#3. 1995 Pinnacle Antone Williamson

williamson

No, that’s not a young Wes Helms, nor is it a Division 2-A college softball player, a Sears activewear model, or a pioneer of Dadbod. That’s Antone Williamson, drafted fourth overall by the Brewers in 1994 – over Nomar Garciaparra, Paul Konerko, and Jason Varitek. Williamson totaled 11 hits in 24 career games with the Brewers. In 2012, the spotting of a Williamson jersey at Miller Park was such a shock it inspired an entire blog post at fangraphs.com.

#2. 1971 Topps Dave Baldwin

baldwin

Alfalfa is grown up, very drunk, and about to make an incredibly sexually suggestive remark to a complete stranger.

#1. 1992 Bowman Chris George

george

1992 Bowman is one of the all-time baseball card sets. The abundance of rookie and its low print run make it a classic, featuring debut cards of Manny Ramirez, Mariano Rivera, Mike Piazza, Trevor Hoffman, and Carlos Delgado. But being a pioneer in the “pre-rookie” card business, Bowman sometimes had to get “creative” with their picture, as many players featured had not yet appeared in major league games. Opting against minor league action photos, collectors got a plethora of weird photos staged in early 90’s semi-casual clothing with a vague baseball theme. So, this is how we get the rookie card of lefty Chris George, who pitched all of six major league innings, looking either like a candidate for Ozaukee County treasurer or an TV commercial actor about to tell you about how he cured his “low T.” So, if you ever imagined you lived in world without a baseball card featuring a player in wearing a denim shirt, wristwatch, and woven leather loafers, you need to find something else to believe in.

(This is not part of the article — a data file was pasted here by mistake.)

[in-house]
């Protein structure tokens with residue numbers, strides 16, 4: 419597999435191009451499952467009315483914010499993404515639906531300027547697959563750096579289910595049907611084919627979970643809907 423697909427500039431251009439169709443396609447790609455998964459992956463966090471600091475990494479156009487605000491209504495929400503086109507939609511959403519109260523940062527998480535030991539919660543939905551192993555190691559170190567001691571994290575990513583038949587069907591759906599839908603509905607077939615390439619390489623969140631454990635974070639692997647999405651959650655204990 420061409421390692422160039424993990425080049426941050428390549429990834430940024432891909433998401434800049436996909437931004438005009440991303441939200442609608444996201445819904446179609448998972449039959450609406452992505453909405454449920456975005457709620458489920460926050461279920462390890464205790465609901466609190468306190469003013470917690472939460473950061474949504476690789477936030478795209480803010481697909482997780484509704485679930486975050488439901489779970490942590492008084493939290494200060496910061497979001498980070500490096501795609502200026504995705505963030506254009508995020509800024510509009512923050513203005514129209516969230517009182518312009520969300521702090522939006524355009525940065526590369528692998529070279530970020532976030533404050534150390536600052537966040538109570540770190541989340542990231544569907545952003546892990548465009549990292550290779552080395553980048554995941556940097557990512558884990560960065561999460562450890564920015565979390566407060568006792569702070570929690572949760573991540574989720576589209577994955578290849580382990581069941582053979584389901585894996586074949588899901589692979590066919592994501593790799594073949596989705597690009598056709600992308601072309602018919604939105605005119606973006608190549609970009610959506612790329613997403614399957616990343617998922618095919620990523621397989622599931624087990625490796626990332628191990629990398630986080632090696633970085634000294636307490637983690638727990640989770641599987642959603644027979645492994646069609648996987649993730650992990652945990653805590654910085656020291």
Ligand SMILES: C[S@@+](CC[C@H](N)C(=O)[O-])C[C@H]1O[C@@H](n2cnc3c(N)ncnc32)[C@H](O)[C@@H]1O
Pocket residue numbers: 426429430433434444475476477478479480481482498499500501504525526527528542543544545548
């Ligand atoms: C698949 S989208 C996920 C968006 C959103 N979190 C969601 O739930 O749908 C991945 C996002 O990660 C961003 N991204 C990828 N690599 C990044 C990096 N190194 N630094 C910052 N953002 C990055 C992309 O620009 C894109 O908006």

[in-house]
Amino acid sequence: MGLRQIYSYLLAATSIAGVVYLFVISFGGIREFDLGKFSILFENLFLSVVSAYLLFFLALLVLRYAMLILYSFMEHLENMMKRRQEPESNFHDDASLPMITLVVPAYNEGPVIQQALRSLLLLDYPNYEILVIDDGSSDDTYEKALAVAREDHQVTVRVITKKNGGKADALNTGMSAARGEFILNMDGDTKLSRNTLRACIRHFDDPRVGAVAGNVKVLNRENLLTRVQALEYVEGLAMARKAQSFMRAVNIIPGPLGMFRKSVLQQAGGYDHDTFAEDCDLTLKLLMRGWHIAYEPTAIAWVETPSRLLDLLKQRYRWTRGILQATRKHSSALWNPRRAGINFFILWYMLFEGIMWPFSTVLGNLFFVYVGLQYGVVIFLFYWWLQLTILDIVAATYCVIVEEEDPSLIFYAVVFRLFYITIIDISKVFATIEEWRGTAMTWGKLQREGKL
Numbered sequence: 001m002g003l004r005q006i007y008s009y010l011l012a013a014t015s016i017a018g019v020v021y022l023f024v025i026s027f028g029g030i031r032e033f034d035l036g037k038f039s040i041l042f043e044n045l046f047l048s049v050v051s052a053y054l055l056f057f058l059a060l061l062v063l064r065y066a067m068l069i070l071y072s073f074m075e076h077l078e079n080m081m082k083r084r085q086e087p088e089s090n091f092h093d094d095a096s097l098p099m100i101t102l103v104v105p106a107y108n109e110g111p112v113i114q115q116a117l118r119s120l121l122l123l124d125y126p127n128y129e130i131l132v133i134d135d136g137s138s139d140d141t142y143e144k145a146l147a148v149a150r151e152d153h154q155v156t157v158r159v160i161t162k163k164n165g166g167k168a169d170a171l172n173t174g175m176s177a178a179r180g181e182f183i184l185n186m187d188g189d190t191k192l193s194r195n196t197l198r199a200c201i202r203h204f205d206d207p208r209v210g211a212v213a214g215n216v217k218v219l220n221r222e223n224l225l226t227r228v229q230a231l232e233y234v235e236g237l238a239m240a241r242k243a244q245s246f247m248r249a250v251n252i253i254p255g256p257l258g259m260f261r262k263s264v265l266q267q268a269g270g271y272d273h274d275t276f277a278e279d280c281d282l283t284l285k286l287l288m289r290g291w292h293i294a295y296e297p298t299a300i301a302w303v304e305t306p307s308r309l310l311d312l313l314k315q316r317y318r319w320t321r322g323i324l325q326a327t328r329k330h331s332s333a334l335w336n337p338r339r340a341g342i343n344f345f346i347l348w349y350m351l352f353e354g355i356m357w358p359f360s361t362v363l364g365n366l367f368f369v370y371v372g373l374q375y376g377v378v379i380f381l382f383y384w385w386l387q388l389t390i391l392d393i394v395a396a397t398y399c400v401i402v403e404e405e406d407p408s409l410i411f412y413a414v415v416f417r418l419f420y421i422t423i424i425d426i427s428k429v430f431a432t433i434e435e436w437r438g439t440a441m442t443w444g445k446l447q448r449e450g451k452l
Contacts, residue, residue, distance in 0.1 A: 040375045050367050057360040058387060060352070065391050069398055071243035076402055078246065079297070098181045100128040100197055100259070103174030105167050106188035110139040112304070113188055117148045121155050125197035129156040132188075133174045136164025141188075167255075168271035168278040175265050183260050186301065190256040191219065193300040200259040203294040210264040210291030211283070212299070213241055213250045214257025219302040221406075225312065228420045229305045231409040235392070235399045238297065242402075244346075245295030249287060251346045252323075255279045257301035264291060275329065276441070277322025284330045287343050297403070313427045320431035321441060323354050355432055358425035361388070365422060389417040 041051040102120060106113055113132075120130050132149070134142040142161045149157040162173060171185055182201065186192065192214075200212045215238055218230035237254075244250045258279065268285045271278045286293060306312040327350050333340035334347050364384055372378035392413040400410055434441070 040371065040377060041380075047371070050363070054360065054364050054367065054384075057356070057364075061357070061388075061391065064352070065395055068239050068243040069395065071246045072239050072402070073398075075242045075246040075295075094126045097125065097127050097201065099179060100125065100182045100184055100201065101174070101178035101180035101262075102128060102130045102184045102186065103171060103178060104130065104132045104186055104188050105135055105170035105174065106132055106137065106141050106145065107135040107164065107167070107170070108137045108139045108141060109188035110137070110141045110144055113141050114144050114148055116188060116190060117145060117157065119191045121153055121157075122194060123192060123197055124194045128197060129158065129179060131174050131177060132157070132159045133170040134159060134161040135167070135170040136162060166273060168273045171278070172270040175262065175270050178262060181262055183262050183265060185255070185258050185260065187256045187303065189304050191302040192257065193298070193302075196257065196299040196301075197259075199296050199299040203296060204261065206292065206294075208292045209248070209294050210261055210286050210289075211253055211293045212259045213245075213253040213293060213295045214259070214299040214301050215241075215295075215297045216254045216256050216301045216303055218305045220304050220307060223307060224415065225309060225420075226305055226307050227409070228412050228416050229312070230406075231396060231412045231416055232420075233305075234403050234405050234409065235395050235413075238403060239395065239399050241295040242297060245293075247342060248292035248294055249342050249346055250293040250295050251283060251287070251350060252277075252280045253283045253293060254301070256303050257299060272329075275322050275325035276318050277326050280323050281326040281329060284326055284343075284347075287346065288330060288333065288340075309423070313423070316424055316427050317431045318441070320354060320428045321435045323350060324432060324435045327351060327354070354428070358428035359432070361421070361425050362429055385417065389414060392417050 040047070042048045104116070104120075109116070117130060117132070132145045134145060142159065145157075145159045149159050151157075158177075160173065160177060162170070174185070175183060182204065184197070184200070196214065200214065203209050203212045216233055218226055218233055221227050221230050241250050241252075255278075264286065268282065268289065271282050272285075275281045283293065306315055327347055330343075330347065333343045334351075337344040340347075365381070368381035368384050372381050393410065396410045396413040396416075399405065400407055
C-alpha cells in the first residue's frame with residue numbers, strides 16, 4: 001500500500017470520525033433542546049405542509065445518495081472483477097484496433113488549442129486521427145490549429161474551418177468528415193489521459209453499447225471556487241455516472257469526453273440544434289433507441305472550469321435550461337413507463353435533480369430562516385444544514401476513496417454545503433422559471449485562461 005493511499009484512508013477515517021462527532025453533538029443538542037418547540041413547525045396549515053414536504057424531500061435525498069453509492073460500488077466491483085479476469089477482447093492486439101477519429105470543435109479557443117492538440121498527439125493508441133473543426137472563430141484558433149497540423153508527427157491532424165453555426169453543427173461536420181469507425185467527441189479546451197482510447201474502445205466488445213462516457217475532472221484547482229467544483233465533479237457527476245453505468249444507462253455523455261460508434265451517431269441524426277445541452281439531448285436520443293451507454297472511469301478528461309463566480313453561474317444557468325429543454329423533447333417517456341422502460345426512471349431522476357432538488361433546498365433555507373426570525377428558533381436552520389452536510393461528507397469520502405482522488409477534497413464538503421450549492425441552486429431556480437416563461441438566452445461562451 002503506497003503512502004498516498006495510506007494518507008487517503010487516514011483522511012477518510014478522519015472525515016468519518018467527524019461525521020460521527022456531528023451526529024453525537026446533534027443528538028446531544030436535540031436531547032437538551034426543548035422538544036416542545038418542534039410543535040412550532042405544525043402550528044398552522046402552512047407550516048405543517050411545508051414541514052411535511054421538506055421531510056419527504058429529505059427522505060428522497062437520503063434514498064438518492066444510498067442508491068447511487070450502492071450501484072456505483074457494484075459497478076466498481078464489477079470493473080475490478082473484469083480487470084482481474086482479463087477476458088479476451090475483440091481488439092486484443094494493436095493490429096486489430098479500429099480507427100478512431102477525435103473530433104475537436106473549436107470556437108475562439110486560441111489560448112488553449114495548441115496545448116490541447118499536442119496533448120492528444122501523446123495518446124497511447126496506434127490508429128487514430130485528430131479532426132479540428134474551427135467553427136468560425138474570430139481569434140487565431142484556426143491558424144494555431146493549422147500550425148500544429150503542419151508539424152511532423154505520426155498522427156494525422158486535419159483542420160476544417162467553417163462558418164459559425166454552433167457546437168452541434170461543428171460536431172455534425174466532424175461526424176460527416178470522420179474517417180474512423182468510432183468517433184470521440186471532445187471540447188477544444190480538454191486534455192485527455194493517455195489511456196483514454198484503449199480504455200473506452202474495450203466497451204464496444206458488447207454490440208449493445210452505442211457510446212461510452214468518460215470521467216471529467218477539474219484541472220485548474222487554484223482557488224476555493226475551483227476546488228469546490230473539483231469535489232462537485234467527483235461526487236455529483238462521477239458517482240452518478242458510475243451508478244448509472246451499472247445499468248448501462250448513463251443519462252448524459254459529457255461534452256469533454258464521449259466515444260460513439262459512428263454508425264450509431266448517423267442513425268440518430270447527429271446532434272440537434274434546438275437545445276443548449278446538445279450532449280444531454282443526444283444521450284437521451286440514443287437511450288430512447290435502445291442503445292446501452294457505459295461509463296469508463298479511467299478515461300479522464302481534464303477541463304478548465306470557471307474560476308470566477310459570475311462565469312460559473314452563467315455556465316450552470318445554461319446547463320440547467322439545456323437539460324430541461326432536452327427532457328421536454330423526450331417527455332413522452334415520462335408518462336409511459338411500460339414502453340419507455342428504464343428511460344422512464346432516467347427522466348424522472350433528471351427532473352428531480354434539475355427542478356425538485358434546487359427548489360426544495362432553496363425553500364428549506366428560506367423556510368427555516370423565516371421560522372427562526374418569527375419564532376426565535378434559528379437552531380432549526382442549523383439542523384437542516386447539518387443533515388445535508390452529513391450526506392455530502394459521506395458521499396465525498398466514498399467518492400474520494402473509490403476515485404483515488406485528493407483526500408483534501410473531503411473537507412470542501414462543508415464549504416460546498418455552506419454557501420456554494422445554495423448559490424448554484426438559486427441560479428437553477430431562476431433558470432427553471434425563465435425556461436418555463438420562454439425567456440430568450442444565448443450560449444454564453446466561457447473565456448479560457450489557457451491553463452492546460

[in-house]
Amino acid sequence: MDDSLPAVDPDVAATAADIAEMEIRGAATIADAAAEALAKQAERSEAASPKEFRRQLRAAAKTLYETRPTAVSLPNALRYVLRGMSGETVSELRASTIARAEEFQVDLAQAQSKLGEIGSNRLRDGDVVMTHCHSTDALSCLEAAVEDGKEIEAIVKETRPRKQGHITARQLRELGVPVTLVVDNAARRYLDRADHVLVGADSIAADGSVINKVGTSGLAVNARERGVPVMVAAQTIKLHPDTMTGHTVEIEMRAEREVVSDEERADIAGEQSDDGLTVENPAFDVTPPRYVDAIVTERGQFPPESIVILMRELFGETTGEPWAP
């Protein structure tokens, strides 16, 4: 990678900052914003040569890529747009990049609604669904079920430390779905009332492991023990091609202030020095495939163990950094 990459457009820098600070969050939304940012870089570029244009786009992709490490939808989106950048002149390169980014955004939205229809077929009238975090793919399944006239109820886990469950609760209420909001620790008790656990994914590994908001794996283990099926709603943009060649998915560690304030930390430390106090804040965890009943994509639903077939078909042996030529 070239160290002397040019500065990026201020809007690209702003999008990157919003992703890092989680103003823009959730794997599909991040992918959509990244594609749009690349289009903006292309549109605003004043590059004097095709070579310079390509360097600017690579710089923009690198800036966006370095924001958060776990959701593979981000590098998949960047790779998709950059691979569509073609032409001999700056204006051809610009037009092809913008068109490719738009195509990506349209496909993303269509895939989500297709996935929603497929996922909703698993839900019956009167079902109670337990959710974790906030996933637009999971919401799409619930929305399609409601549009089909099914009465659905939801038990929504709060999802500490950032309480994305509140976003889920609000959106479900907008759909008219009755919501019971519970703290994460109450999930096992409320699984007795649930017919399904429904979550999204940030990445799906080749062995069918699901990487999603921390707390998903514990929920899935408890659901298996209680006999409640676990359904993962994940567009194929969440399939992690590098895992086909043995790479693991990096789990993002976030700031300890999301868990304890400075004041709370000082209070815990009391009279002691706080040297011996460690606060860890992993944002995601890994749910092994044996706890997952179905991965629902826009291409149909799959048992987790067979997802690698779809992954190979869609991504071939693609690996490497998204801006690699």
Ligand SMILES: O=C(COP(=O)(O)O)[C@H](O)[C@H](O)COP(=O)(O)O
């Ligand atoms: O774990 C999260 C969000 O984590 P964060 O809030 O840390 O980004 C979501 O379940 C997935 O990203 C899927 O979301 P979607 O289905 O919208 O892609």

Opening Day

Welcome to Summer of ’74! I am a blogger and author and mostly life-long baseball card collector from Milwaukee. I’ve started this blog to try to enhance my own enjoyment of the hobby, as well as interact with other collectors and to and force myself to keep with my various projects and collections. My main focus here will be my quest to get as many cards from my 1974 Topps baseball set signed as possible. I’ll post the cards that I get signed and recap a bit of that player’s career with a focus on the ’74 season. I’ll veer from that main focus, but I’ll stick to baseball and the 3.5″ by 2.5″ slabs of cardboard that, for so many of my younger years, were my main connection to the game. With time, I’ll add some wantlists and some wax breaks and maybe some contests and whatnot.

And awaaaaay we go….